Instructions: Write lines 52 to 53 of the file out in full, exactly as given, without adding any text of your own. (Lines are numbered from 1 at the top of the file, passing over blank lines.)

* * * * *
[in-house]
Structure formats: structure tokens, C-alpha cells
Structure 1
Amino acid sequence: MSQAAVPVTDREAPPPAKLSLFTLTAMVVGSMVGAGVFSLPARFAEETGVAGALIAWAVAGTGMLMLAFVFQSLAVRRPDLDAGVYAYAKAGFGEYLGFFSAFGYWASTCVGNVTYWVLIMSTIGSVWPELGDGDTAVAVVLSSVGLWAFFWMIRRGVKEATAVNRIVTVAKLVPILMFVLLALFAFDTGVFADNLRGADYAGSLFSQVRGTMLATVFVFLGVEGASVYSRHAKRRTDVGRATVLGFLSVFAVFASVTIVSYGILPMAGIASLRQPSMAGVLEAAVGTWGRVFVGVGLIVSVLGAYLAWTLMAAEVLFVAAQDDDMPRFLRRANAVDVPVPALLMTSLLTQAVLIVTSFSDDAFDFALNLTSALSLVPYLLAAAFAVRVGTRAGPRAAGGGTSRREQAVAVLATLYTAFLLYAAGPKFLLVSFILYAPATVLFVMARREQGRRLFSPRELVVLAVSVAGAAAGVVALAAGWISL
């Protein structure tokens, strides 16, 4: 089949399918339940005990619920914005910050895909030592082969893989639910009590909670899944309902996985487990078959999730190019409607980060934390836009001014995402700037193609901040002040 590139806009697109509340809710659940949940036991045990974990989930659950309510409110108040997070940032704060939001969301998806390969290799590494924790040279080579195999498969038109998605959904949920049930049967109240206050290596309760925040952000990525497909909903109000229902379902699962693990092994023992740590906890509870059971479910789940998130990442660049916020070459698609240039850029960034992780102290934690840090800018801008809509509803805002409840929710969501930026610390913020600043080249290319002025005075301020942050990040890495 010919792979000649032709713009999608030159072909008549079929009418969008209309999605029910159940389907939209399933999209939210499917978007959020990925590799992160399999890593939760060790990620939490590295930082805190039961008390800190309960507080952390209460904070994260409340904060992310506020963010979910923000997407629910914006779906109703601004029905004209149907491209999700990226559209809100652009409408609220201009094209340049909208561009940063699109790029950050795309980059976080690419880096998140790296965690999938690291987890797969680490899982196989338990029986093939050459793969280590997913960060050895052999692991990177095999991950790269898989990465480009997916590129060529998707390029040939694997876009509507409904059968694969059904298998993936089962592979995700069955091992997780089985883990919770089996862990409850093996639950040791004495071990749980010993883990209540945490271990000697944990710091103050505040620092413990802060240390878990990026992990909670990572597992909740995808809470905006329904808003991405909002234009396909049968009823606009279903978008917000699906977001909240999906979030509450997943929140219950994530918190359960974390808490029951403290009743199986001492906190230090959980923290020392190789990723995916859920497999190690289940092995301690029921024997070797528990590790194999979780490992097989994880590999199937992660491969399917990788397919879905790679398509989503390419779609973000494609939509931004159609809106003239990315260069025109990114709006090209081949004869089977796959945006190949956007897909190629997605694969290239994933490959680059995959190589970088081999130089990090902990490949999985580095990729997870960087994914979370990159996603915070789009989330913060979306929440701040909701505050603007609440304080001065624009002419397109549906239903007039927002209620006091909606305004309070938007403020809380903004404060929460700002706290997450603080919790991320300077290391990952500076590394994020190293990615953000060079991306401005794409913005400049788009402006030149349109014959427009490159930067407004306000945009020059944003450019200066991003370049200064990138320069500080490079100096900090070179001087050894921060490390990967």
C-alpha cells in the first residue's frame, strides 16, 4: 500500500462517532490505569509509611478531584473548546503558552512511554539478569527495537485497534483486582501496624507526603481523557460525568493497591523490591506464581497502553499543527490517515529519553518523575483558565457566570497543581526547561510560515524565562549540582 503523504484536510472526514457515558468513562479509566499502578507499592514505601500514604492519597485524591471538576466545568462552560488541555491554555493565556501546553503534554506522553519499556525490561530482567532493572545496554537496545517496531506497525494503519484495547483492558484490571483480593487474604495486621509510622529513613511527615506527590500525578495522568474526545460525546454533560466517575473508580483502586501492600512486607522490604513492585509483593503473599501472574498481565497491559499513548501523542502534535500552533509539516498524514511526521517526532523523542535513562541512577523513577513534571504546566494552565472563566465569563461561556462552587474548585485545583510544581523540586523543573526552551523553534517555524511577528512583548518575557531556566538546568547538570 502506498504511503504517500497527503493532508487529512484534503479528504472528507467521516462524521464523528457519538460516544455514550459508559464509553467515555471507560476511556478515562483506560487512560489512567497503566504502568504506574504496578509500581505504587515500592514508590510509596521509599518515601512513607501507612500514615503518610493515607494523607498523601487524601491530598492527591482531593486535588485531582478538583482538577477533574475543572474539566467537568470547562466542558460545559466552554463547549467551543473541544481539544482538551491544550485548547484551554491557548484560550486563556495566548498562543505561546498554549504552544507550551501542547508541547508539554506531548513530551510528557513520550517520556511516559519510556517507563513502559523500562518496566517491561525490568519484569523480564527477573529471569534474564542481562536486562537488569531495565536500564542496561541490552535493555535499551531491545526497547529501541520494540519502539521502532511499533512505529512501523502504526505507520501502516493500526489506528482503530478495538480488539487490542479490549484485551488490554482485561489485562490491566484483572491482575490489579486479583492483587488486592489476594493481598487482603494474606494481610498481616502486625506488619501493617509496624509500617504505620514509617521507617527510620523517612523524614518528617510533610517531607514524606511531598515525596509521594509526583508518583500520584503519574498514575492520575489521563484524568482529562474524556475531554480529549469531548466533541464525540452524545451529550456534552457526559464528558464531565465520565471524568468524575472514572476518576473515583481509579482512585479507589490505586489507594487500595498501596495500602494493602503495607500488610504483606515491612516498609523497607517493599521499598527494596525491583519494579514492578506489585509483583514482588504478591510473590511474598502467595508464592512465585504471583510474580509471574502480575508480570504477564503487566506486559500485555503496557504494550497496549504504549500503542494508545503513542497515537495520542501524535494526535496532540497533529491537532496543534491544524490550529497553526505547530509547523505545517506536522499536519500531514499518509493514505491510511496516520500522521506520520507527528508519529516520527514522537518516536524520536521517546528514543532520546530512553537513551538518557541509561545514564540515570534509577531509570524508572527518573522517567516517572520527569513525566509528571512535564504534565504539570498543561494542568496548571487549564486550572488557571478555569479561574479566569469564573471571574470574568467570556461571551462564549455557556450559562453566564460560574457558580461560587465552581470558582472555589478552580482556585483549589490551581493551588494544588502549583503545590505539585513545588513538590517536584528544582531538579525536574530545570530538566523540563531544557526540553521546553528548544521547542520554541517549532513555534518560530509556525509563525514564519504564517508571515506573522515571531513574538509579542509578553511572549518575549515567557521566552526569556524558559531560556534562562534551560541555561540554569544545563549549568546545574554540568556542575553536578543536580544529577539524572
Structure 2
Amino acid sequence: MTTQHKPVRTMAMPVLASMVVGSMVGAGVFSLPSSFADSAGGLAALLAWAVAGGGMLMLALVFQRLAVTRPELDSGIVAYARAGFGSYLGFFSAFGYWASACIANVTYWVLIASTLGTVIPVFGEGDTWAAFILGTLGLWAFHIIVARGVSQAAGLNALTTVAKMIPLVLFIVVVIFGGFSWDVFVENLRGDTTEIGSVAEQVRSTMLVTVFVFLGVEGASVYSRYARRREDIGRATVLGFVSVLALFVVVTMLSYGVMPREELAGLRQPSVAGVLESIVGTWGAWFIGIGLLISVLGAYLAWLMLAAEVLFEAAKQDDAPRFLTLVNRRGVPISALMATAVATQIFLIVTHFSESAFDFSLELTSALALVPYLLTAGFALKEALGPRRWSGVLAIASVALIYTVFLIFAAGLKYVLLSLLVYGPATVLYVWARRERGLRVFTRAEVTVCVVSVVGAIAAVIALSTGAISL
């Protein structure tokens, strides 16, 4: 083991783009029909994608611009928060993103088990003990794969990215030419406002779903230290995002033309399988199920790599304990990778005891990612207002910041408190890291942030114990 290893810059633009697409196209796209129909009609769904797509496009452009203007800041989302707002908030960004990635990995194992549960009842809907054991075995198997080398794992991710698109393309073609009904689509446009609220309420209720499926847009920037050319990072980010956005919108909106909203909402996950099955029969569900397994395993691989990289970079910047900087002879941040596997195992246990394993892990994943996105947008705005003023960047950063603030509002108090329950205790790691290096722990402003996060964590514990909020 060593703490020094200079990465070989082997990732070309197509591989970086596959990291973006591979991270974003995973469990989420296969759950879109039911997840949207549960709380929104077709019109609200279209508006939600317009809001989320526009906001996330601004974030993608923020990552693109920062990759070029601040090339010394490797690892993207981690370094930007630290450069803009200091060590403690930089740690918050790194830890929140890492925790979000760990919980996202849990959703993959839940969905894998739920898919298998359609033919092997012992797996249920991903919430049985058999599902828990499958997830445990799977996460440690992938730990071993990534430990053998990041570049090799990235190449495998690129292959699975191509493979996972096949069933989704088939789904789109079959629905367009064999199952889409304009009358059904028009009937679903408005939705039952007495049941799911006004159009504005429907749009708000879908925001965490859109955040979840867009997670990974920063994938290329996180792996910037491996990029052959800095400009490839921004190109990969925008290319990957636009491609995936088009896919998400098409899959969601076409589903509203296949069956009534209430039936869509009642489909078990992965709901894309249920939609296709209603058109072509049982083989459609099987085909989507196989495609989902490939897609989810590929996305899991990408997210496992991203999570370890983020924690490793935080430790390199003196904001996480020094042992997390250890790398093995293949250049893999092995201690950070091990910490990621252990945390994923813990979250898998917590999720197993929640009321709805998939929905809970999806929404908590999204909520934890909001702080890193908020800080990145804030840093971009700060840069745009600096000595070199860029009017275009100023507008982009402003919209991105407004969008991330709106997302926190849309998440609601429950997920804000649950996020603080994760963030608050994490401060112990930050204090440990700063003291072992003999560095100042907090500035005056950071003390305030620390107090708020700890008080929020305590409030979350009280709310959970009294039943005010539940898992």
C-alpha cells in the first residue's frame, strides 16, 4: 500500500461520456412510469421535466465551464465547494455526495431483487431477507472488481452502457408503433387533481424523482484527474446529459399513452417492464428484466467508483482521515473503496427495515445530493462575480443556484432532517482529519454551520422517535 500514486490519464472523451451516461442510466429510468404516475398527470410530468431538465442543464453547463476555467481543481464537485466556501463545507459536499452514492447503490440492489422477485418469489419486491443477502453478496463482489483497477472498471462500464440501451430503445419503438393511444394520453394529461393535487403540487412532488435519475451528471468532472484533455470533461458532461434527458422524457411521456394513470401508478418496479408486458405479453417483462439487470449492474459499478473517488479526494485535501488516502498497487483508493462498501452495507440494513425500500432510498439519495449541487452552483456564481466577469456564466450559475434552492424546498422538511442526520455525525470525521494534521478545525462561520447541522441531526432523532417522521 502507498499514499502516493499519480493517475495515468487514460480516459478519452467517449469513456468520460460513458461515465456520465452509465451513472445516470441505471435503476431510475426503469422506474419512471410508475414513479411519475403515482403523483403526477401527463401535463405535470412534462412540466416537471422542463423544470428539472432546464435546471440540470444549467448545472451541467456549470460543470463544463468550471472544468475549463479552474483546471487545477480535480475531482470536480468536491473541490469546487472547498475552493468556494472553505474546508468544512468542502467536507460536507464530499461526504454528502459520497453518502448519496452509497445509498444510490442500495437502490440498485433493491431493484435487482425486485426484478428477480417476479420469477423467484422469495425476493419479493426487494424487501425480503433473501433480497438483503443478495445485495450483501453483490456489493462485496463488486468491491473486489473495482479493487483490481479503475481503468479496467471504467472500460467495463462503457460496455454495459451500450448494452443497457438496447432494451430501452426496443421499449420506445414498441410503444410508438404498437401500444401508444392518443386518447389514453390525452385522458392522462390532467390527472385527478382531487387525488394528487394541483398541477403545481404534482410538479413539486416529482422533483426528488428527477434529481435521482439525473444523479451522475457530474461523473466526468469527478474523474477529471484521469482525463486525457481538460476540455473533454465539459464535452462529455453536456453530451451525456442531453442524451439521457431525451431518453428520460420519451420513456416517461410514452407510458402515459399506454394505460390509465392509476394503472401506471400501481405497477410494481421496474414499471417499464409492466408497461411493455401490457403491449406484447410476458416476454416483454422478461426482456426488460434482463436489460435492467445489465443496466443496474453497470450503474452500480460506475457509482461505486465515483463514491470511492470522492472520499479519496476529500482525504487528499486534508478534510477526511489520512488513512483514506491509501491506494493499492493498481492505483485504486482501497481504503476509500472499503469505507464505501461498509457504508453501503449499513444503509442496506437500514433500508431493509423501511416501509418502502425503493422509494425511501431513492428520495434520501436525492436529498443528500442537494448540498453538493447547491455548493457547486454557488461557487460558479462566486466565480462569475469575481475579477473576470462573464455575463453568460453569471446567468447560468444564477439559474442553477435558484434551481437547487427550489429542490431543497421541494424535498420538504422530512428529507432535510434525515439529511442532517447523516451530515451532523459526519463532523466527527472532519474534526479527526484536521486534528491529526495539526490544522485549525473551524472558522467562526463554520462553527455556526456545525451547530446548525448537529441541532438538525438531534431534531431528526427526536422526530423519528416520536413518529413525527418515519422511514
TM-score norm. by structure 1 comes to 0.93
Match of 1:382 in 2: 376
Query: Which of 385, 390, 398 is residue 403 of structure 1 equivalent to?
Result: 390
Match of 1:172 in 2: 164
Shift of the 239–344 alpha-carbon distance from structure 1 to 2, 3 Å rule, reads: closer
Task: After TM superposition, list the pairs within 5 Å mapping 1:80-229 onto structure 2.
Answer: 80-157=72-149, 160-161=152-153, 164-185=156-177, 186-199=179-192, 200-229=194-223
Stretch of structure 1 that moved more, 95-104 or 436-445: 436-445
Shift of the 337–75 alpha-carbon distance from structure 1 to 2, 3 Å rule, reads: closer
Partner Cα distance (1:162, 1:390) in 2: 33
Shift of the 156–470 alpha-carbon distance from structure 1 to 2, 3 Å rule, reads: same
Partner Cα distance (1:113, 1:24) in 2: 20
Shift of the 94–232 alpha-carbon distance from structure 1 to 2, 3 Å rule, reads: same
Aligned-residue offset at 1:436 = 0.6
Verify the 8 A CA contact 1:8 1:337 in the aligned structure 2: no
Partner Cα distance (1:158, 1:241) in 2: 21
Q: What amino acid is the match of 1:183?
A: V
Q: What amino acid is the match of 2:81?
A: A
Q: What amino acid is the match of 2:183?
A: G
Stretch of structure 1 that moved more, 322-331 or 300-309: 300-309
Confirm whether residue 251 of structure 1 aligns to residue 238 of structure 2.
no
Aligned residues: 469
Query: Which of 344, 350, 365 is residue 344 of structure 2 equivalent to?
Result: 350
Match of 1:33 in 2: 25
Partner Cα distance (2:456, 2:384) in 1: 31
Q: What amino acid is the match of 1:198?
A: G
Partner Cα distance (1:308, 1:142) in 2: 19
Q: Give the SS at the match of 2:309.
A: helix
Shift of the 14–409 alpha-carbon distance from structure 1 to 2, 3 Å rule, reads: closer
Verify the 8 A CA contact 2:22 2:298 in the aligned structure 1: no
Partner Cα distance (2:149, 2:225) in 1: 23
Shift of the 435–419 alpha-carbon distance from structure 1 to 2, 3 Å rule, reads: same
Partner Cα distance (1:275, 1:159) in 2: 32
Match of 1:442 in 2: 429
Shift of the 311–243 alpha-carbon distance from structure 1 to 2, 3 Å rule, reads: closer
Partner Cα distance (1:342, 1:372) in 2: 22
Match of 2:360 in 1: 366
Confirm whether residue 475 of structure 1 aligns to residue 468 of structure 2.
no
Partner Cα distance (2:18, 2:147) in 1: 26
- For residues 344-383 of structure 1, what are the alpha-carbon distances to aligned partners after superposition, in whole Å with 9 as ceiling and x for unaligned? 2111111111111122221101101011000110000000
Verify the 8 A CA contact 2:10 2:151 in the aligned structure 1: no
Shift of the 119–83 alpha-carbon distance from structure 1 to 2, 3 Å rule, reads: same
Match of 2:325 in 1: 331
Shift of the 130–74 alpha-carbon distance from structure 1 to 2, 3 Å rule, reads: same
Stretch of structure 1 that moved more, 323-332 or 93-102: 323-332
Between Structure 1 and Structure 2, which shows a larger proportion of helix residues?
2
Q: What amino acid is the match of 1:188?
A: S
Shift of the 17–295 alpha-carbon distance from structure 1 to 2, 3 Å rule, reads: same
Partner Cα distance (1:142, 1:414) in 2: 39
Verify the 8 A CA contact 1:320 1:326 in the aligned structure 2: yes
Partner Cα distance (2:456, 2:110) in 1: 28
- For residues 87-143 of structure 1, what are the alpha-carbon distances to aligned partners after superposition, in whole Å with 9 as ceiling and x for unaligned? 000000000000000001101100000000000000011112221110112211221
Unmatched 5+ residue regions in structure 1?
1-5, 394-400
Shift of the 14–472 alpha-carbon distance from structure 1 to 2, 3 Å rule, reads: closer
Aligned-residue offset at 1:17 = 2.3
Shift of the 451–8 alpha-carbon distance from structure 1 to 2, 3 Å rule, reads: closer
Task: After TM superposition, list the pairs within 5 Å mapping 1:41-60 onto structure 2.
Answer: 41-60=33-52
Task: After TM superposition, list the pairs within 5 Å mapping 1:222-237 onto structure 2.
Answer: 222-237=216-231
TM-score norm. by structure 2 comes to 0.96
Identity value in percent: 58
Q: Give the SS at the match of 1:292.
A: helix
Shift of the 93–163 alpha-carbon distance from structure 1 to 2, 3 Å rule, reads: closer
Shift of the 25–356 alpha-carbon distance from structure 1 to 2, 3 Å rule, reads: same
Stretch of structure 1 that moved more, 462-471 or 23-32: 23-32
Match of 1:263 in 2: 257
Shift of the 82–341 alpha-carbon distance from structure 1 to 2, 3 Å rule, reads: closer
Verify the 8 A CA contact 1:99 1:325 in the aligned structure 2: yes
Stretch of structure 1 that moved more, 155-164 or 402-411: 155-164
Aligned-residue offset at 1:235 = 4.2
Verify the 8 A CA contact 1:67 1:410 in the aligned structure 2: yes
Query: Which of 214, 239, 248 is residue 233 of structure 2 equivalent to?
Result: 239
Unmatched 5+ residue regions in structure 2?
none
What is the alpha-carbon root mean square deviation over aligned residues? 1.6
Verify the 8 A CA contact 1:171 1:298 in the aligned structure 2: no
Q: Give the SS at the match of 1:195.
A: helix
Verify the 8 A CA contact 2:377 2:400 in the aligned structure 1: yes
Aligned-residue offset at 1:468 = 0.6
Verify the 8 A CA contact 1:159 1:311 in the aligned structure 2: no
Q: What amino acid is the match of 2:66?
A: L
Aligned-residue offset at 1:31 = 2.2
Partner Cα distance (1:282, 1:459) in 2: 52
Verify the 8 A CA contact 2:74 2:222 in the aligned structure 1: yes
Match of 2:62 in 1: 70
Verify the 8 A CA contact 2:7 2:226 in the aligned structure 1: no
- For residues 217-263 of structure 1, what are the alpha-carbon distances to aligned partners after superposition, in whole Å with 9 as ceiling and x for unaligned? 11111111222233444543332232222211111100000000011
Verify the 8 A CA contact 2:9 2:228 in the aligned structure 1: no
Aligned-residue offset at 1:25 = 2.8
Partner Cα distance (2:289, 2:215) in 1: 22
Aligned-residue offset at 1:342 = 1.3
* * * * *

Match of 1:442 in 2: 429
Shift of the 311–243 alpha-carbon distance from structure 1 to 2, 3 Å rule, reads: closer